Tuesday, January 7, 2014

A Bad Day

He trudged to the tail of serpentine line before ATM machine that seemed to snail 
like ages there only. He rubbed his hands and ensconced in the underarms but 
the hairy roots instead condensed more warm moisture. He looked at the people 
standing at them and was returned upon with a judgmental disgusted stare.

 “Not their fault.” He thought to himself upon their loathing glares.
He was wearing a vest that was torn and smudged in patches. His hands were dusty and his face was distorted. The few hairs on the crown those could be counted with fingers whistled in the swift breeze like tails of kite. His nose was numb like all other part of his ballooned body but he was sure that he smelled 
anything but pleasant.

After waiting for long time, gazing at the different shoes, heels and chappals, his 
bare feet finally moved into the ATM counter. As the line of people peered 
through the thick glass with impatience for their turn, he inserted his hand into the front of his pants. A repelled hiss seeped through the thinnest gape between doors.

  He sighed and slipped out an ATM card from inside of his pants.

“Secret pocket! Now I understand the importance.” He thought to himself while 
inserting the card and punching the numbers. A stiff note of thousand rupees fell 
from the wide mouth.
Grabbing the money from there and folding it inside his grip we came outside. 

The same kind of disgusting stare accompanied till he vanished into the city 

He went to a small shop where it was written STD & LOCAL CALLS on an old hoarding. A much corpulent man was sitting munching on some more snacks and watching some daily soap on TV. He went into the stop and handed the man the 
thousand rupees bill.

“No change!” The shopkeeper’s voice seemed coming far from a cave travelling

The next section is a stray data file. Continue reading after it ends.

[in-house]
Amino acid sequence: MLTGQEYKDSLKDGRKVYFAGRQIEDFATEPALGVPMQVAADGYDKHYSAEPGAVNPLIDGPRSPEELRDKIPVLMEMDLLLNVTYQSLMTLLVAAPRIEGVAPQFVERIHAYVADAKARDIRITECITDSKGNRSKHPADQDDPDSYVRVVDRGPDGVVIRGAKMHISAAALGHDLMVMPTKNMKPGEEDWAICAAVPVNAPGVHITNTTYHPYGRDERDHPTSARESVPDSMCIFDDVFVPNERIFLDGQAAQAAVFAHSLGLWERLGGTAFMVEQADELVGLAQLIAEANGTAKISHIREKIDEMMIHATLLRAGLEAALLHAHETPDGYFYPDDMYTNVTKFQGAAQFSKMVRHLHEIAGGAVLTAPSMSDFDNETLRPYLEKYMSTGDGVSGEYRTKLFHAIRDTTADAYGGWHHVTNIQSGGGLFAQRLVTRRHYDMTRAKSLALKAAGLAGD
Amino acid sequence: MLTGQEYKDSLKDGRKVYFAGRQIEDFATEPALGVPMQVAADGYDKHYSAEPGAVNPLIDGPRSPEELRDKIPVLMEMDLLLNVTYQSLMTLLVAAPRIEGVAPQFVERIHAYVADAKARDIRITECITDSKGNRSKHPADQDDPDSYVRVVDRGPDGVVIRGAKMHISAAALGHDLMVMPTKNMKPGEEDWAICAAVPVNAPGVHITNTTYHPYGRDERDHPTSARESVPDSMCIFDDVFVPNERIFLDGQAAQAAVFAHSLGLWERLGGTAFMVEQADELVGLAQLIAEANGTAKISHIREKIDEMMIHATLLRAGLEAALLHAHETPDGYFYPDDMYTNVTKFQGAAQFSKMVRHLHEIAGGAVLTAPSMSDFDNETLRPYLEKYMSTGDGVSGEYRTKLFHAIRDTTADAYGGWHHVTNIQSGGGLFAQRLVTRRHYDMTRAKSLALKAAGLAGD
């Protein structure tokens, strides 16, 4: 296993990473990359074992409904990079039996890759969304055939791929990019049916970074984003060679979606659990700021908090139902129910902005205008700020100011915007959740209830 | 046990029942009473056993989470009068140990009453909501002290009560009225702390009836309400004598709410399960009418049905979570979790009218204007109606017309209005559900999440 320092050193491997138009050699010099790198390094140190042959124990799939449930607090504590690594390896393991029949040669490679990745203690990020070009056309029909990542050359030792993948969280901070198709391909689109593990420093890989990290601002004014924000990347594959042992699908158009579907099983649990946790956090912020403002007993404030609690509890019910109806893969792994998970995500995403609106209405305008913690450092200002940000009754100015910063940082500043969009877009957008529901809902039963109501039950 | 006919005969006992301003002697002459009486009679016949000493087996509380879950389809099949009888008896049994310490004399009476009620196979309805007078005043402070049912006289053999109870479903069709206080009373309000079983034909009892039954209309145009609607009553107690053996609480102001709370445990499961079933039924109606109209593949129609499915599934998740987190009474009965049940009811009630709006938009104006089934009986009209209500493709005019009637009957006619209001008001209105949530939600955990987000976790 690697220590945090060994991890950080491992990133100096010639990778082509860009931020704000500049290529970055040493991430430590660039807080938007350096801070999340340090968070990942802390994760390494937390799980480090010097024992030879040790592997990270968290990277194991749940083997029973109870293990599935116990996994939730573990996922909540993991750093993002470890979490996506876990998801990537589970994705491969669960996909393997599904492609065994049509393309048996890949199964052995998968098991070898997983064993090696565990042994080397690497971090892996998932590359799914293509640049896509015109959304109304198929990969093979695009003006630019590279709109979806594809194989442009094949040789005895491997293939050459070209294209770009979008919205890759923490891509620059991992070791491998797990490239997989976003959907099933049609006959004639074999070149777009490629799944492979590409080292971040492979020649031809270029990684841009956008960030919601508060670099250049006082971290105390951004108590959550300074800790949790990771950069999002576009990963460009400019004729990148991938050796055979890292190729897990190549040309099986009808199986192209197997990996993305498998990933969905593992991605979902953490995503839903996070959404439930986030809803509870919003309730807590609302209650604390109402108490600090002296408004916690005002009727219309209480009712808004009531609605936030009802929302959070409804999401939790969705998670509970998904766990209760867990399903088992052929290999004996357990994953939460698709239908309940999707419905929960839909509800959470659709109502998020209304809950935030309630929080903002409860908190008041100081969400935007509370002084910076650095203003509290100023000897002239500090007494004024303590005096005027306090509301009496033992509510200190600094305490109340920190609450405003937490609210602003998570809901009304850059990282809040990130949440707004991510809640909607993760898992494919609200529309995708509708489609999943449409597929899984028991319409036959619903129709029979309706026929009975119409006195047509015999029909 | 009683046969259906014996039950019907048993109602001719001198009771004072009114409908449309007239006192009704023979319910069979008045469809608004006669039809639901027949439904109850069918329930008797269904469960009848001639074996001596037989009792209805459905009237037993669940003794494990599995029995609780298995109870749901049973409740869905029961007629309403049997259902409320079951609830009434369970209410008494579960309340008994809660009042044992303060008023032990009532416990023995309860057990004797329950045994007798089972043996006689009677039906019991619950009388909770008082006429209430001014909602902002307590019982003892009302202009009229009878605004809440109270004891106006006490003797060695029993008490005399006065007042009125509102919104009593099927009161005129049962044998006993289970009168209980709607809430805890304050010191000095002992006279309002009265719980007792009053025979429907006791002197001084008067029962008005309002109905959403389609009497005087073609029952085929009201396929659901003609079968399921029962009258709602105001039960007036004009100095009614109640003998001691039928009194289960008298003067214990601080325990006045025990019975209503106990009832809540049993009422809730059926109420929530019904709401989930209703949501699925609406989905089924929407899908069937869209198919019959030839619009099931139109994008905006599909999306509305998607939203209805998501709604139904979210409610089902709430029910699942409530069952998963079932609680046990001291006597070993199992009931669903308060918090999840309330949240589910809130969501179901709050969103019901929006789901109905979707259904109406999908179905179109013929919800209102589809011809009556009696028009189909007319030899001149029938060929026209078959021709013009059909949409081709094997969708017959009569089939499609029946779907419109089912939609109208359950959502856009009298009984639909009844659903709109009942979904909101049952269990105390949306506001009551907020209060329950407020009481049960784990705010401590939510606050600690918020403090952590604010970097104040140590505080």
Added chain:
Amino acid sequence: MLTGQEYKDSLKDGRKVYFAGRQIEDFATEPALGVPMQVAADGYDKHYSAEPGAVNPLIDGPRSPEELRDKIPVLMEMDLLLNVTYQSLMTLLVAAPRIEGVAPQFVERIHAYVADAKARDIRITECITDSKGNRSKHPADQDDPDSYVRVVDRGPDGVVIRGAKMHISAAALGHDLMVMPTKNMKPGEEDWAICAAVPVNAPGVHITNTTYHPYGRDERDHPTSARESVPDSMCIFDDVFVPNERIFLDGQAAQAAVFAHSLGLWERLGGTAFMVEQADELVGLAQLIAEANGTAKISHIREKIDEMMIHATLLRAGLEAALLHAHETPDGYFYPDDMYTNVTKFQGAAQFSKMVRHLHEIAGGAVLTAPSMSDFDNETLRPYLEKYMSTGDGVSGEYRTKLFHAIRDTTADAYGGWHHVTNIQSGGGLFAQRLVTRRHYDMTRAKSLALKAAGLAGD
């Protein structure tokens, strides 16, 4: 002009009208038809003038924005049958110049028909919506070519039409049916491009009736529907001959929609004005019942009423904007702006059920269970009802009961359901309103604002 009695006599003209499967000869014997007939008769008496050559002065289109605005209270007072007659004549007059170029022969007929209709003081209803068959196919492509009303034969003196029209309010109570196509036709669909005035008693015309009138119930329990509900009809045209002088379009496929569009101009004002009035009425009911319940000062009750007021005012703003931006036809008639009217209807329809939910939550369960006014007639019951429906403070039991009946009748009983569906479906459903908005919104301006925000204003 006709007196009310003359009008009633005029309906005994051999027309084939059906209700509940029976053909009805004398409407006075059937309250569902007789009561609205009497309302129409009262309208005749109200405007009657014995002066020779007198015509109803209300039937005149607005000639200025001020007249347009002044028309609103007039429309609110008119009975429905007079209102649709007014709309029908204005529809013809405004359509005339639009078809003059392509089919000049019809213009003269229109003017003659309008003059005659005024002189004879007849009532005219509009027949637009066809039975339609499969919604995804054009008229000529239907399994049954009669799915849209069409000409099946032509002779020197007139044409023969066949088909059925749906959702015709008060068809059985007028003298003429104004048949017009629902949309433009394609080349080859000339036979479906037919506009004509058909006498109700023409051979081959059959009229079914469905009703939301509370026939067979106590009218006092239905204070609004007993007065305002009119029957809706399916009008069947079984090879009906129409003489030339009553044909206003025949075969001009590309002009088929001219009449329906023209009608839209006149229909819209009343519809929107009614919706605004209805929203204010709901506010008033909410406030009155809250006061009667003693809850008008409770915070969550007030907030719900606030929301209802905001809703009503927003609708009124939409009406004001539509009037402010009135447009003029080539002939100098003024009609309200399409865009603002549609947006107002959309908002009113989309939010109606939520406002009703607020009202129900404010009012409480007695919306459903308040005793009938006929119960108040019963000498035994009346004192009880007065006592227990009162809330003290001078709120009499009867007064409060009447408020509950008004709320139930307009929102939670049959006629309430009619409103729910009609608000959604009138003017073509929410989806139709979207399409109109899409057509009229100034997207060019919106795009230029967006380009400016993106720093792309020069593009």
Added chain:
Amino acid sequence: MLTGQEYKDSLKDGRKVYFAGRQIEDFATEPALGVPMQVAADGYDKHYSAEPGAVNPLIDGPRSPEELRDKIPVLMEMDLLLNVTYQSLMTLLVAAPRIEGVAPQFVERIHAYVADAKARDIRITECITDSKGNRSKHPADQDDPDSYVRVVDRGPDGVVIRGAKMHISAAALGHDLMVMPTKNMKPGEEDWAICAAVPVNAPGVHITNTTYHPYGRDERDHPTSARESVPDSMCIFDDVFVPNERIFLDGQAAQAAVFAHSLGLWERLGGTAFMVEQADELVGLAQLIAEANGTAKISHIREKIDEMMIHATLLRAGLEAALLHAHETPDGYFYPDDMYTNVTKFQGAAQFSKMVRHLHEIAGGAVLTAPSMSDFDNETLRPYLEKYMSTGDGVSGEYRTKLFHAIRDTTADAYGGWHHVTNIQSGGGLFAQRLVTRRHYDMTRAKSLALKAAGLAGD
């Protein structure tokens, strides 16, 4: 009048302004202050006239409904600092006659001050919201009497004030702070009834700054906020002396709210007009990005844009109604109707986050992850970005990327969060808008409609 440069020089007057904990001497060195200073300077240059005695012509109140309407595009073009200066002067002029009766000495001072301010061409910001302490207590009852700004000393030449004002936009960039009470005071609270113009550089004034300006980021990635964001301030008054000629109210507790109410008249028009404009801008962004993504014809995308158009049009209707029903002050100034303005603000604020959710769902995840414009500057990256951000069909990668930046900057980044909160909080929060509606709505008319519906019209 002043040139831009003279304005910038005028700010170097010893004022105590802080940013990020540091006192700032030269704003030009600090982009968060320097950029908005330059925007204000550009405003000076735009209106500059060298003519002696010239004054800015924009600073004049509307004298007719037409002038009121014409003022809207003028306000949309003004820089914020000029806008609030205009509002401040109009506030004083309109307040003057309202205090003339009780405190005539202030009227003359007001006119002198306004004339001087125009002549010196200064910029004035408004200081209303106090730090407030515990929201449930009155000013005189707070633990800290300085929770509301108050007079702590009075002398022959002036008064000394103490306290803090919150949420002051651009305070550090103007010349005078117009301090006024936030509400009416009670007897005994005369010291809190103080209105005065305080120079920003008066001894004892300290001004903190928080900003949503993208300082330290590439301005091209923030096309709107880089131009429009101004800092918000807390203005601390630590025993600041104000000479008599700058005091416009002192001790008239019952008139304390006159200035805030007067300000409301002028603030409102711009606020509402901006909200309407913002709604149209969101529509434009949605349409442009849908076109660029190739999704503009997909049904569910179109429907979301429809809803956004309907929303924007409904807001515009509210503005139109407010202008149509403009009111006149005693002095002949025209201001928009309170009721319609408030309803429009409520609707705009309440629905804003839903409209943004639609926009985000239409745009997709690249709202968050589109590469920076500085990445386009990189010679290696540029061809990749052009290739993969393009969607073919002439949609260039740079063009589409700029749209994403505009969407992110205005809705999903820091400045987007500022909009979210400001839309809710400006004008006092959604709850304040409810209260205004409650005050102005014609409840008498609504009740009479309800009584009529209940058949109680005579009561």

through the layers of fat.

“It’s urgent. Whatever you have I am fine with it.” He grunted thinking even one 
thousand rupees is not worthy for making a call here.

The shopkeeper stared at him like some reptile intruding into his shop and inched away the phone towards the man who looked pretty much like some 
street beggar. May be got a clean hand on some rich! The shopkeeper thought to 
himself and kept silence.

The man looked at the number pad where the buttons were faded. If they weren’t arranged mannerly, they might have required some archeologist to unravel the 
numbers on them. He thought for a while trying to remember a number. These growing technology has thickened their skin so much that after people got 
hundreds of contacts saved into a small portable machine they even don’t bother 
much to remember any number.

He remembered his home number but there is no way he could do that unless he 
want more whirling ordeals circling like vultures on his head. He tried harder and after three trials he succeeded in calling to the desired contact.

The first call went unanswered as the second did too. On the third time call was answered with a persistent voice.
“Hello.” The irritated corporate voice answered.
“Hello, Viswas.”
“Hello, Boss. You were calling. I am so sorry. I didn’t know it’s you. So sorry.”
Viswas has always been humble, polite and more apologetic. That’s why he thought he could trust his secretary. Why to pay them for if they can’t help you out in a situation.
“It’s fine. How did the meeting go?”
“It was fine. The French clients were impressed and signed the agreement too. I tried to call you on your number after finalizing the deal but your number was out of reach.”
It’s out of reach from me too. He thought for a while. “Okay. I need you do something urgently.”
“Yes, Boss. Tell me.” His secretary answered promptly.
“Trace my call on GPS. Drive there as soon as you can but alone. And while coming bring me a Harris Tweed jacket along with shirt and trouser of my size. Right there.”
“Got you, boss.” The line went blank after that.
The man stared at the old phone again. The shop was small and smelled more like old and sticky fries.

Fifteen minutes later a sleek black limousine appeared before the small shop. The shopkeeper stared at car like some spaceship had arrived.
As the vehicle halted on the road, the man marched to there and slipped into its backseat. As per his instruction his secretary had came alone and the Harris Tweed jacket along with fine linen shirt and tailored trouser lied in there.

The secretary tried to tie his tongue but couldn’t stop asking the question. “Boss, you don’t look well. Are you okay? Anything happened.”
“Nothing just a bad day I guess.” The man answered as the limousine maneuvered through the crowd.


  1. Interesting story Namrata... looking forward to reading more in the future :)

  2. Brilliant write. If only such poetic justice existed in real life. You are an awesome storyteller

    1. Thank you..actually I got this while standing in ATM queue only. :)

  3. A very good story.

    You got the idea while standing in an ATM queue! Many creative writings are inspired by small mundane happenings and come to mind at unexpected moments.

    You have got a good creative mind.

  4. love it!



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